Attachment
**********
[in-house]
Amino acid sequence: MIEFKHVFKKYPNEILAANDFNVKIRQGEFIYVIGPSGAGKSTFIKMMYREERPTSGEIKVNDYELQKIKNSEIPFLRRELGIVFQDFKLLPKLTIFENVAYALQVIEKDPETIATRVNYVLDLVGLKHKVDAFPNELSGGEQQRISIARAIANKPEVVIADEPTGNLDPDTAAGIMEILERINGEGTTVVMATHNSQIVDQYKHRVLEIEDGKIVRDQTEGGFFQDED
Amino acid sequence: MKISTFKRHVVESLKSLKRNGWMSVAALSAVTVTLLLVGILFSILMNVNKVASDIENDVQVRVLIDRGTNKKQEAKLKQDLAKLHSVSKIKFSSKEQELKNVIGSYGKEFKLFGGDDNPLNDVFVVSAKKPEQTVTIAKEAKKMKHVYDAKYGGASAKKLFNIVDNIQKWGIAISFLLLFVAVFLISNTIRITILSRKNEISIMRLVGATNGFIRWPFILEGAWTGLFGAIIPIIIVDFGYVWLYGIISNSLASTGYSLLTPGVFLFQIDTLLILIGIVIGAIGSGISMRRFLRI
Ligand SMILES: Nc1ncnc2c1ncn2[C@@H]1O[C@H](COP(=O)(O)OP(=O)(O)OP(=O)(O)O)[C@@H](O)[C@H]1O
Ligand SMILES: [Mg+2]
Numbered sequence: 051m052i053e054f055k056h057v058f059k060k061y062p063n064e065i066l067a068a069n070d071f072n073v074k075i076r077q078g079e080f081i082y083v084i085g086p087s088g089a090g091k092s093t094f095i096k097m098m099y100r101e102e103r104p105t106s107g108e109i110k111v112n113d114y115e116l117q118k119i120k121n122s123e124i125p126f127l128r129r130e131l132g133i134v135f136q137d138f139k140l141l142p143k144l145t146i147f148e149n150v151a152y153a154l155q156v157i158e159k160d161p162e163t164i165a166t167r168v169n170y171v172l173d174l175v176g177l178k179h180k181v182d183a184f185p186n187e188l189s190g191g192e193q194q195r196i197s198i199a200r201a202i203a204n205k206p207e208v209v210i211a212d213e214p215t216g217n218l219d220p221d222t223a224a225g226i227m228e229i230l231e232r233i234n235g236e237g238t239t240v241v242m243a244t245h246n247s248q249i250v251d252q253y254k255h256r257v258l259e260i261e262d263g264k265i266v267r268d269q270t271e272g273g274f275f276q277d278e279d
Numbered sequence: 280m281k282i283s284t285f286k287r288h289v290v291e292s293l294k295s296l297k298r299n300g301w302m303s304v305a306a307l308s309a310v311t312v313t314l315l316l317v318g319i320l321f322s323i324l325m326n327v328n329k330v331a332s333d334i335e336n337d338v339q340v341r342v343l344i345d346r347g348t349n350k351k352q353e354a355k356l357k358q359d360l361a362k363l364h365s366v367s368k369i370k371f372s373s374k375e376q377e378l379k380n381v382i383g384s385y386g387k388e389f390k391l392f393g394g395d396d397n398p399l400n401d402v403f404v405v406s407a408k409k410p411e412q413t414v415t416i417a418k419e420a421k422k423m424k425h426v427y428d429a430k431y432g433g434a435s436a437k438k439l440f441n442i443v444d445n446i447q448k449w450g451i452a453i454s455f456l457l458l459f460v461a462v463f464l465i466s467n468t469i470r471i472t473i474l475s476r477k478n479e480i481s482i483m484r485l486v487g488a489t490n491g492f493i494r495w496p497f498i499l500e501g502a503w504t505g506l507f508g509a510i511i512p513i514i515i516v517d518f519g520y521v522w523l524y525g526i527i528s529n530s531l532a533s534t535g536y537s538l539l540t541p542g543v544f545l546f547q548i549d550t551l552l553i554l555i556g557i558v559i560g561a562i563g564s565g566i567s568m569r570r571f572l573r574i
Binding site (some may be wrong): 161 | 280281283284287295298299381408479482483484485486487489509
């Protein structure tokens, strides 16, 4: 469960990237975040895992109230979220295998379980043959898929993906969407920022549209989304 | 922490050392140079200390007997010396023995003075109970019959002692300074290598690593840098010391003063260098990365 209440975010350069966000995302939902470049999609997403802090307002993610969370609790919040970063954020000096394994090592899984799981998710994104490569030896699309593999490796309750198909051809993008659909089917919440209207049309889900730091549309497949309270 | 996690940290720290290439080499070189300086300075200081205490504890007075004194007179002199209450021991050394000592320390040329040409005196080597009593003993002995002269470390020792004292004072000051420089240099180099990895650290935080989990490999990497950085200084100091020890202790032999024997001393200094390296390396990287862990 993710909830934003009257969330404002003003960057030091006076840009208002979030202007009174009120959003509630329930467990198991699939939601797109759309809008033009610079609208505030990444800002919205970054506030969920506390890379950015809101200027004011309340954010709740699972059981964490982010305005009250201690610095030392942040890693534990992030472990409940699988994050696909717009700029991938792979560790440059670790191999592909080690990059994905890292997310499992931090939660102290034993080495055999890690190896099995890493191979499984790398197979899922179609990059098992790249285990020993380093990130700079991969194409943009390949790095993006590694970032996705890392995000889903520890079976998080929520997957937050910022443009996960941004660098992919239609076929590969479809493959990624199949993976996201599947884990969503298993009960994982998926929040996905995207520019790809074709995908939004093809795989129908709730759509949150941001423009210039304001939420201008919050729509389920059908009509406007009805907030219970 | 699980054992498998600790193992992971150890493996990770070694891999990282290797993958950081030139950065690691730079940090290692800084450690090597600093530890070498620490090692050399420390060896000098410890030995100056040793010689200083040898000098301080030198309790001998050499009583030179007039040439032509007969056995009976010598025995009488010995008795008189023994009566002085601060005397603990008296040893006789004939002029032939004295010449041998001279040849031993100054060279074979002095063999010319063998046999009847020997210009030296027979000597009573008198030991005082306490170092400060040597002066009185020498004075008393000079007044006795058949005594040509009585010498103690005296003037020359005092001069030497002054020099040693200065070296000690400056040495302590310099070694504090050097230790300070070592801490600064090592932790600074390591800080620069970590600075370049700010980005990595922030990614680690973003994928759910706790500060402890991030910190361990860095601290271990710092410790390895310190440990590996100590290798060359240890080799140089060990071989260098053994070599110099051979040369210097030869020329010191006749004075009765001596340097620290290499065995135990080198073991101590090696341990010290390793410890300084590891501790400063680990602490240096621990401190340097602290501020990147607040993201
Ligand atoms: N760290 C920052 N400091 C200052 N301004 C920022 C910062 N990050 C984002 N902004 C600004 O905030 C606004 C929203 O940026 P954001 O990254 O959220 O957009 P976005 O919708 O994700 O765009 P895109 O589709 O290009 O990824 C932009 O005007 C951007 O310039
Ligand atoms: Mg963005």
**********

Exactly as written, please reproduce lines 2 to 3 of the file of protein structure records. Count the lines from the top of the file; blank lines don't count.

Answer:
Amino acid sequence: MIEFKHVFKKYPNEILAANDFNVKIRQGEFIYVIGPSGAGKSTFIKMMYREERPTSGEIKVNDYELQKIKNSEIPFLRRELGIVFQDFKLLPKLTIFENVAYALQVIEKDPETIATRVNYVLDLVGLKHKVDAFPNELSGGEQQRISIARAIANKPEVVIADEPTGNLDPDTAAGIMEILERINGEGTTVVMATHNSQIVDQYKHRVLEIEDGKIVRDQTEGGFFQDED
Amino acid sequence: MKISTFKRHVVESLKSLKRNGWMSVAALSAVTVTLLLVGILFSILMNVNKVASDIENDVQVRVLIDRGTNKKQEAKLKQDLAKLHSVSKIKFSSKEQELKNVIGSYGKEFKLFGGDDNPLNDVFVVSAKKPEQTVTIAKEAKKMKHVYDAKYGGASAKKLFNIVDNIQKWGIAISFLLLFVAVFLISNTIRITILSRKNEISIMRLVGATNGFIRWPFILEGAWTGLFGAIIPIIIVDFGYVWLYGIISNSLASTGYSLLTPGVFLFQIDTLLILIGIVIGAIGSGISMRRFLRI